Given these facts, in order to save this indigenous pony and with it a traditional sport of Manipur, it requires love and support of the people to save this endangered species. People need to have love, respect and concern for Pony other than at times of rituals, celebrations and festivals. Manipuri ponies were excellent war horses used by the Manipuri cavalries who conquered Upper Burma beyond the Ningthee river. Meitei cavalries had a versatile weapon arambai (equestrian dart weapon) which are flung while mounted on Manipuri ponies. The ponies can be given the credit for these many victories, including the ending of Manipur’s historical nightmare, the “seven years devastation” against the Burmese. Rudely treating ponies are an act of impulsiveness. Manipur people and government must jointly pledge to never allow this precious animal to perish.

1 thought on “Manipuri Polo Ponies and Polo Players Must be Saved from the Threats of Marginalisation and Extinction”

  1. Jadu Khundongbam

    Yes, an endangered spices. Need proper care and adequate grazing ground. The owners also must take care of the horses instead of making them roam here and there. At least they should know Every living beings need food. While even the pet cat has his position in a family with regards to food, how can the owner forget his pony whenever he sit for his food. How can he sleep in his home, while his pony is on the road or elsewhere in heavy rains and thunderstorm or in the heat of the summer. It’s totally inhumane. Better not to own them if care cannot be taken regarding fooding and shelter. Owning a pony without responsibility for fooding and shelter in the name of preserving the indigenous species is a totally wrong concept.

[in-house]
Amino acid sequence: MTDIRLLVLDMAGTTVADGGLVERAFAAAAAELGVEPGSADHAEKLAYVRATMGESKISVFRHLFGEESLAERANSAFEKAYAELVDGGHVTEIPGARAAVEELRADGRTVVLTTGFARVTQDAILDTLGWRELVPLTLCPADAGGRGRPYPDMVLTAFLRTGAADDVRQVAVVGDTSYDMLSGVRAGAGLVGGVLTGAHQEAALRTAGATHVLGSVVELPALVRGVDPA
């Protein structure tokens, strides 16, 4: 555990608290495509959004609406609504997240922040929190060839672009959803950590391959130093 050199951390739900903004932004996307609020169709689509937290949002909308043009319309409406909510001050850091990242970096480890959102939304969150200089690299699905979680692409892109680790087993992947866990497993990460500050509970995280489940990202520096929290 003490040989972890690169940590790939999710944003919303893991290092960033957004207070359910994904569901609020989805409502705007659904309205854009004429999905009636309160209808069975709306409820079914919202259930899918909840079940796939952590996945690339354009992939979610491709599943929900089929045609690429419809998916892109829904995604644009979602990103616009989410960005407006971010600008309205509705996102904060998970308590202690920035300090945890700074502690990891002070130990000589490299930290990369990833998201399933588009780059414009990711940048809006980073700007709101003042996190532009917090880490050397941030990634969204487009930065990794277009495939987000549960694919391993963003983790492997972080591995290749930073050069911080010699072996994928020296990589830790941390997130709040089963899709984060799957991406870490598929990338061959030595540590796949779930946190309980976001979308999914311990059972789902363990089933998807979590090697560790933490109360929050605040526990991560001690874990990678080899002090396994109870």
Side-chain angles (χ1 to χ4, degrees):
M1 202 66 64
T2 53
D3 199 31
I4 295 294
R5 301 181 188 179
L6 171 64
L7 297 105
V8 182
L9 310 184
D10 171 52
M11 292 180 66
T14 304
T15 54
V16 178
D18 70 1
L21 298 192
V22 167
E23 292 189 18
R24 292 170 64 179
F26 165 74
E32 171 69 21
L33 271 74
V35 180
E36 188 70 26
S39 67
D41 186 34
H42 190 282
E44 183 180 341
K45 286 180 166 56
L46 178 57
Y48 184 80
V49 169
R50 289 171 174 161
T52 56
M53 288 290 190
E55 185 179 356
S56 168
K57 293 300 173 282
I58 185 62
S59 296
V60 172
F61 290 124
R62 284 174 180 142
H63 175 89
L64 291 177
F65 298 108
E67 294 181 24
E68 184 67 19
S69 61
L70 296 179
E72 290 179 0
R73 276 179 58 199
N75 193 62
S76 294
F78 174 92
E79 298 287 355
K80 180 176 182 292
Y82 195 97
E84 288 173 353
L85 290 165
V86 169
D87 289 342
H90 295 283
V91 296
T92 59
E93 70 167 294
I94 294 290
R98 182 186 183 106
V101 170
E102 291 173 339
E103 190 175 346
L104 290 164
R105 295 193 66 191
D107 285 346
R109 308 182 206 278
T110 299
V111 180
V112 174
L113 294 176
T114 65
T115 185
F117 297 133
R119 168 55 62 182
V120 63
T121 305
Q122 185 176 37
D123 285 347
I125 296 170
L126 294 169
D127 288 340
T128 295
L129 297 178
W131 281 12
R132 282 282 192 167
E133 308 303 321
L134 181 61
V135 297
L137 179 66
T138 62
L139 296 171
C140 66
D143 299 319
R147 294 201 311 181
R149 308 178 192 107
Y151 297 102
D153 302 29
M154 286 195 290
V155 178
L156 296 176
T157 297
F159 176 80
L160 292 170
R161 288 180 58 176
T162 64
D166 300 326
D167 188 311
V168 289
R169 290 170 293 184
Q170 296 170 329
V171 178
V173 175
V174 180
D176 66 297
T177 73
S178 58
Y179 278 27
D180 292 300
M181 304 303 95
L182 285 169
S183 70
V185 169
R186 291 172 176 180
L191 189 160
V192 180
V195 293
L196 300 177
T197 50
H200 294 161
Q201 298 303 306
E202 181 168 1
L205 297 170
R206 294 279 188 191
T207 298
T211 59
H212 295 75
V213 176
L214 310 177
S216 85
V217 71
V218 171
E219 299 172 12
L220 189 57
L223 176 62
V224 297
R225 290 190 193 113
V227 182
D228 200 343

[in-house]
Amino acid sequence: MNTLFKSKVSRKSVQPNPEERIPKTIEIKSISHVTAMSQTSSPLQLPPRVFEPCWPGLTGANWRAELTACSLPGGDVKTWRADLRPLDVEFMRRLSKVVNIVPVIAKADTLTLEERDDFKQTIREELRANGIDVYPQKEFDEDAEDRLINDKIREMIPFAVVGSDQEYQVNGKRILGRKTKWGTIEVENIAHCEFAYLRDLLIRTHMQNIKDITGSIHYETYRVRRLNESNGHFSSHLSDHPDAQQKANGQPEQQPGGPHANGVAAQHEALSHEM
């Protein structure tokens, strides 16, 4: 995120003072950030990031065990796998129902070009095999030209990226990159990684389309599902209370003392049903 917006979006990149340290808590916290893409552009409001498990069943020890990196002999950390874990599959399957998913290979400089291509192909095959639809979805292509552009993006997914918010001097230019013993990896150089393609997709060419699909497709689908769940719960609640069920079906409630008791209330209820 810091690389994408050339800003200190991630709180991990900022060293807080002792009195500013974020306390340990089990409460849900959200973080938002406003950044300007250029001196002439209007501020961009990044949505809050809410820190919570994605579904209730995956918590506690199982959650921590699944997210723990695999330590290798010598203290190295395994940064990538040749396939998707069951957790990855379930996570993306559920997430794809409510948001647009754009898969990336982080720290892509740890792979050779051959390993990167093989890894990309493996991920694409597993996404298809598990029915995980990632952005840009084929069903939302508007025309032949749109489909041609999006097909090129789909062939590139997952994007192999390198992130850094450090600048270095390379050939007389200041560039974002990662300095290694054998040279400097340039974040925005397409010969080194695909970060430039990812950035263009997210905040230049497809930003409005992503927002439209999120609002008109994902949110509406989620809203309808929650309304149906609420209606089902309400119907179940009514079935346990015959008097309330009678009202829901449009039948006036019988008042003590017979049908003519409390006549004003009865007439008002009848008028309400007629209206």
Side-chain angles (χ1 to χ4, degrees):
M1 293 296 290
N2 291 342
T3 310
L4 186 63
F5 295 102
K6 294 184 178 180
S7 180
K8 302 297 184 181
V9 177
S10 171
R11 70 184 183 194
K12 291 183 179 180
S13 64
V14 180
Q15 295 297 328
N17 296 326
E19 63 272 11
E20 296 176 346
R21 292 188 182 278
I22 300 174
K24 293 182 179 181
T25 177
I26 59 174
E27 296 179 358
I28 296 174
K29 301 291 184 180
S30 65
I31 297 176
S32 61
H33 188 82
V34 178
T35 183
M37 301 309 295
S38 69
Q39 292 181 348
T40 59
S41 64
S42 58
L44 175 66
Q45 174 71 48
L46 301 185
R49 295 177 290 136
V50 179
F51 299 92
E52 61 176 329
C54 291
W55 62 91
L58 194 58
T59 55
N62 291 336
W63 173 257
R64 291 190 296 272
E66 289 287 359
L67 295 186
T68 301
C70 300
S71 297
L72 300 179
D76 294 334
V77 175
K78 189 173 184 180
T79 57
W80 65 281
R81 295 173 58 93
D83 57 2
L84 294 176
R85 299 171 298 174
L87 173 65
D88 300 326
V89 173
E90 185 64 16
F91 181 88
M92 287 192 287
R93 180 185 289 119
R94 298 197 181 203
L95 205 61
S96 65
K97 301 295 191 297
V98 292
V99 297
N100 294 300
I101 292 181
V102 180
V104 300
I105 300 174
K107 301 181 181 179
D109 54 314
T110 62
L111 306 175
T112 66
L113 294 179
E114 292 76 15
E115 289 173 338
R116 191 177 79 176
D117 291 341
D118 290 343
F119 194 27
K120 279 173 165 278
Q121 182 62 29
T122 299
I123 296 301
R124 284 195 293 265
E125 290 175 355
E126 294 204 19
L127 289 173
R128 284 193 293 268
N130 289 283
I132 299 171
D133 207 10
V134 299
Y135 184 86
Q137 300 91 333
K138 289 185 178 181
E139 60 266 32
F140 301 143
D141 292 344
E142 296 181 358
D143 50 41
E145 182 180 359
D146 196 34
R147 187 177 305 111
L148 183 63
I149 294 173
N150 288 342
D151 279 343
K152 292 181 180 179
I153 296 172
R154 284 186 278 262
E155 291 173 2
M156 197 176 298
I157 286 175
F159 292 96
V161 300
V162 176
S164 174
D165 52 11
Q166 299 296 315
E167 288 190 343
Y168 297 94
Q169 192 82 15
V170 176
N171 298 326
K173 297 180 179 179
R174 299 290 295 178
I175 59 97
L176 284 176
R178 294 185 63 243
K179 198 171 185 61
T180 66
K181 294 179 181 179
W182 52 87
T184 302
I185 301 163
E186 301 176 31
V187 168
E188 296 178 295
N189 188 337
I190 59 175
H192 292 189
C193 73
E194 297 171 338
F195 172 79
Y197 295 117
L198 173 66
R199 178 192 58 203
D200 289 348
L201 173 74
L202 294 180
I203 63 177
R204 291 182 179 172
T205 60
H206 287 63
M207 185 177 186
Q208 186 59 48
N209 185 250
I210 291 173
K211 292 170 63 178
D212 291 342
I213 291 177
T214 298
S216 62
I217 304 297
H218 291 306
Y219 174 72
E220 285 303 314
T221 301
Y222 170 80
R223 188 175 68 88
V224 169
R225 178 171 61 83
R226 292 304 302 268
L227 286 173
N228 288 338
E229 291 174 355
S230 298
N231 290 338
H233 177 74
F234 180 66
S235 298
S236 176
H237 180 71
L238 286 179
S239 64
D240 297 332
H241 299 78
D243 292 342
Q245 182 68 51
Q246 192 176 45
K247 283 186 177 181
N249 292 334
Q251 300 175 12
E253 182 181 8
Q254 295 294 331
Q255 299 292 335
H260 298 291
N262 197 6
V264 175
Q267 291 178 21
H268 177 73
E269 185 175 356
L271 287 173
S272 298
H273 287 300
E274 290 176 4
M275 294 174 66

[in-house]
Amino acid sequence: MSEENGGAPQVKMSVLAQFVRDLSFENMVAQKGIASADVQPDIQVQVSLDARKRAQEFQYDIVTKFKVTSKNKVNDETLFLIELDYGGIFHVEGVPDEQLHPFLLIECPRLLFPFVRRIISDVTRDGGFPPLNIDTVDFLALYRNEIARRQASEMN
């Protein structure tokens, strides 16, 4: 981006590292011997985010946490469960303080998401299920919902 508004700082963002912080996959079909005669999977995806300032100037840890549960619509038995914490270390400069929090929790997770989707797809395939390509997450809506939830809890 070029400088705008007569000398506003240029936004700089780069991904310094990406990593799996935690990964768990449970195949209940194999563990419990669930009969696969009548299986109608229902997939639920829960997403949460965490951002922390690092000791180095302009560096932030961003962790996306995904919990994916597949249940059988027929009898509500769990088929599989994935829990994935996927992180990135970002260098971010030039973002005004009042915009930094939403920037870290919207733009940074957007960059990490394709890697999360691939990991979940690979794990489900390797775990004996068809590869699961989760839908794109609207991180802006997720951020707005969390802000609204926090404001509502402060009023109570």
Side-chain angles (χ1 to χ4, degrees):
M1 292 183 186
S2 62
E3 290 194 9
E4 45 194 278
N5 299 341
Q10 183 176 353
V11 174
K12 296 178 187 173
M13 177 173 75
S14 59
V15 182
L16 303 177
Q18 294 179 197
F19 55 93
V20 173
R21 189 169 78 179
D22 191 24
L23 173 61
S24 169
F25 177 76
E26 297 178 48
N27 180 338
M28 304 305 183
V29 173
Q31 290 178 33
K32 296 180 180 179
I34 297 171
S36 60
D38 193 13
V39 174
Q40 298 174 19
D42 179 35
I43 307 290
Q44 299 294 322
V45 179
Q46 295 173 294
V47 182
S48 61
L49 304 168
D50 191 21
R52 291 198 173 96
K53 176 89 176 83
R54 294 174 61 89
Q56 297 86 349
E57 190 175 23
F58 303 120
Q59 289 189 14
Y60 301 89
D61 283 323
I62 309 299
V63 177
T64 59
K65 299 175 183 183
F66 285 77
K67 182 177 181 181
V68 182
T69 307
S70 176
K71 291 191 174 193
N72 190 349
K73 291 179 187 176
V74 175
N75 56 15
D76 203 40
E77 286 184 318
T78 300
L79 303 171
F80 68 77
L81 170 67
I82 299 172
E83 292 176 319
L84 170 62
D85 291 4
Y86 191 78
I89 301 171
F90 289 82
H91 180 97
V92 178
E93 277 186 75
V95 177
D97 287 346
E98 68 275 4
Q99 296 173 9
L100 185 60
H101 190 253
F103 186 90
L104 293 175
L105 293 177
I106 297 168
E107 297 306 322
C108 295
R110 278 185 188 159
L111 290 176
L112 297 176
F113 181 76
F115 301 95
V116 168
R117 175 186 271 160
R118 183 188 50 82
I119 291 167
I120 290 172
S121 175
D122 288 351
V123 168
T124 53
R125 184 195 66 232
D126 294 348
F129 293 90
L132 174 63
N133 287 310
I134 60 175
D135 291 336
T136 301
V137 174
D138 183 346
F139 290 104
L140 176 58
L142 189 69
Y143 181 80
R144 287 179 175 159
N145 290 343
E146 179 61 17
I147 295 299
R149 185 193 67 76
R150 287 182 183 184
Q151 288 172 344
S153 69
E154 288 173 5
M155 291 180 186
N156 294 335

Nowadays every household have at least a motor vehicle big or small for which purchased oil to run it, have garage, doing repair now and then. These pony owners must also have vehicles? Cleaning rubbing to shine like a star gleaming in sunlight, doing regular checkup and servicing. Why not pony be treated like these? Because they bring nothing, they are not cash crop like pig or hen or cows. Their flesh also cannot be eaten. We use them or remember them only at the time of polo and sometimes in Laiharaoba and other ceremonial events.

    Cannot we use them in passenger services in city areas instead of auto or battery operated vehicles, in roaming within Kangla, etc that will reduce noise and air pollution and that will also take part in supporting the family???